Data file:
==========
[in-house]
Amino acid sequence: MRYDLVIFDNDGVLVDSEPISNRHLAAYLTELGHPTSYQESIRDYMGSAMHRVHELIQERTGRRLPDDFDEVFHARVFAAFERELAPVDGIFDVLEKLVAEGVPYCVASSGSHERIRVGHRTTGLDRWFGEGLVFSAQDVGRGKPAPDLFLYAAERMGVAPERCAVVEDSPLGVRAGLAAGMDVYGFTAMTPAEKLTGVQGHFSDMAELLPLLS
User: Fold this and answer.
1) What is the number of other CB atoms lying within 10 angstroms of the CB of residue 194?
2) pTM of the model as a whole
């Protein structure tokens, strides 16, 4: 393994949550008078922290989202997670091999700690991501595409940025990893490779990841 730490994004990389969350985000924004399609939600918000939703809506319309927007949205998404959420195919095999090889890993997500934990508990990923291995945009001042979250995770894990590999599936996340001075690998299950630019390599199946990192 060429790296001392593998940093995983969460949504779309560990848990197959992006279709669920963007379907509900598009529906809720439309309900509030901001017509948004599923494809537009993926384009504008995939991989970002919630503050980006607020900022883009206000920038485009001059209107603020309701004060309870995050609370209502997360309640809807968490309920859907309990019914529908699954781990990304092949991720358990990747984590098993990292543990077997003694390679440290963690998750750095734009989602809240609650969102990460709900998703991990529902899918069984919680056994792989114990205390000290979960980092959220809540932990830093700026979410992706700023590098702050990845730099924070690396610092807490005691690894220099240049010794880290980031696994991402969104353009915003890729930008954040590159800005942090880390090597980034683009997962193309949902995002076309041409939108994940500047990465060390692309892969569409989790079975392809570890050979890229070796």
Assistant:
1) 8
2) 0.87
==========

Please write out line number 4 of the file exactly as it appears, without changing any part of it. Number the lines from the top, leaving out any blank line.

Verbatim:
1) What is the number of other CB atoms lying within 10 angstroms of the CB of residue 194?